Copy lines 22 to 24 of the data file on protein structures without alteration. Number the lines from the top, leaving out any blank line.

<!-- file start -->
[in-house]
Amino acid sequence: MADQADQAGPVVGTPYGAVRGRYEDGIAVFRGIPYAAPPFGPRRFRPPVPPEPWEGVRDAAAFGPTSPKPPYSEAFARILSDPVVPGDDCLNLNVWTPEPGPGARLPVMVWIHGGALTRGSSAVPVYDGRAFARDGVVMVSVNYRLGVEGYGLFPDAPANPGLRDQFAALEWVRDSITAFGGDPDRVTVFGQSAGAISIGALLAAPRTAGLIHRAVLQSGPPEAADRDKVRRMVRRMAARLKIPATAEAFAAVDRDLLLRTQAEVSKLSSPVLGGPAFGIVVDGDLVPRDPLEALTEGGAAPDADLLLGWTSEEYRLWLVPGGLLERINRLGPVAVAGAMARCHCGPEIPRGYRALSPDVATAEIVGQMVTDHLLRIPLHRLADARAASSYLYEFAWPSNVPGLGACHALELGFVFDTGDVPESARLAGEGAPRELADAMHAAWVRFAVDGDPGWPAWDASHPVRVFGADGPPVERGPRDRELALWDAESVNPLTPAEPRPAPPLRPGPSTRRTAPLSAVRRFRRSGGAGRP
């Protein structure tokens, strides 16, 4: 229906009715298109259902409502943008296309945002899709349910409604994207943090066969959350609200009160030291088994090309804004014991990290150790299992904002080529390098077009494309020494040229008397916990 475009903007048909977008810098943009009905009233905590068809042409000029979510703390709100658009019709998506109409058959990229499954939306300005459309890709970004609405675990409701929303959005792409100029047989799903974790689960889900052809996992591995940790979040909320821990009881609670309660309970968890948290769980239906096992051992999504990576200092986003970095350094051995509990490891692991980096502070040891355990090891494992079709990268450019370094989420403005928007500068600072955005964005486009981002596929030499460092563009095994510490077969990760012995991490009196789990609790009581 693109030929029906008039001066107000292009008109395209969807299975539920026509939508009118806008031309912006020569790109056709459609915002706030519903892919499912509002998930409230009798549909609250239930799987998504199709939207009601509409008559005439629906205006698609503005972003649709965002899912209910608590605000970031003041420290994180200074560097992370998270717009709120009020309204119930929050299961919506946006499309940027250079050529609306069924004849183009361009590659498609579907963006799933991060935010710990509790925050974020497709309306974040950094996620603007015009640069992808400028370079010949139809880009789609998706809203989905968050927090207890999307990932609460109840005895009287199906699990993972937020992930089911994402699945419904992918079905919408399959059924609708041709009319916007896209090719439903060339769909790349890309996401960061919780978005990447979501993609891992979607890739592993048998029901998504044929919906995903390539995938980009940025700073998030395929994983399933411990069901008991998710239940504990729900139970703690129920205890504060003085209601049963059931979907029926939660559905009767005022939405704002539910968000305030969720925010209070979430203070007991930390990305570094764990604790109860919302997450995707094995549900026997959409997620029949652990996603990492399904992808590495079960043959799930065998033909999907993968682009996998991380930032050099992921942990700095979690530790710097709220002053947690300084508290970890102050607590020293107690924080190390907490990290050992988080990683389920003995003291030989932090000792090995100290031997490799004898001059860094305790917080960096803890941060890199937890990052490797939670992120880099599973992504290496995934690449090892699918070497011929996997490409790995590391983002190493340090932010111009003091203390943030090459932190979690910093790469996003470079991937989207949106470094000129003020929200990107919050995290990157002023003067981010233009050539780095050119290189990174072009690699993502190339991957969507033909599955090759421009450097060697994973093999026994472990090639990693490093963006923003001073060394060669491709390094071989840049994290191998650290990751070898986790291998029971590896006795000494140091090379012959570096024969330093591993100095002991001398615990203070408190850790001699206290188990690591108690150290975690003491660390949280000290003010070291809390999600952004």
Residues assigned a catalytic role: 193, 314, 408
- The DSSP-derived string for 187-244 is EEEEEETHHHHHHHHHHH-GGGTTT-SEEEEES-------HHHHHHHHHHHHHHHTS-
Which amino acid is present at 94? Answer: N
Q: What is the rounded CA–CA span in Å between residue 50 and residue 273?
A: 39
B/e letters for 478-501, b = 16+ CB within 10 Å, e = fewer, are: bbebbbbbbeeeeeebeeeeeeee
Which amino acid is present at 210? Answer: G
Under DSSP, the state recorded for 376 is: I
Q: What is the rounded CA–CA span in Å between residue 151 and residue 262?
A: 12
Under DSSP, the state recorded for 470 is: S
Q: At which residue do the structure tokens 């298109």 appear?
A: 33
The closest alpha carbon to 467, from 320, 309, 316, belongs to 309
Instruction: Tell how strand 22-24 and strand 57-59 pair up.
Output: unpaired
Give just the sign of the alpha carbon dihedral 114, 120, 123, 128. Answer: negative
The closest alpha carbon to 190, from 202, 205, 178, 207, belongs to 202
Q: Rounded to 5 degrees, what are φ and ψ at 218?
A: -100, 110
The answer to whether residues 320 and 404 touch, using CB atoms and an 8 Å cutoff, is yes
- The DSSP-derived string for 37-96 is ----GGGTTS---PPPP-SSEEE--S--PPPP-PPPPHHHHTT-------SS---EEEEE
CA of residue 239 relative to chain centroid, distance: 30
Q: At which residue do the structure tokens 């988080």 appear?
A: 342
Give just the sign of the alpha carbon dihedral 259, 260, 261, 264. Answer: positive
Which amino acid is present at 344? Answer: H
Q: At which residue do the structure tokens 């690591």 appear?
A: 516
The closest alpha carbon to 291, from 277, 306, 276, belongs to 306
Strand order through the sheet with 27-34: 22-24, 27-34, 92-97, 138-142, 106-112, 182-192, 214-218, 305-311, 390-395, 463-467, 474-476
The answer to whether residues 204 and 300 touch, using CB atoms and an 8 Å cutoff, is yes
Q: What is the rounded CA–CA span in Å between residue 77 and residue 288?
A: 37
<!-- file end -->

Q: Rounded to 5 degrees, what are φ and ψ at 218?
A: -100, 110
The answer to whether residues 320 and 404 touch, using CB atoms and an 8 Å cutoff, is yes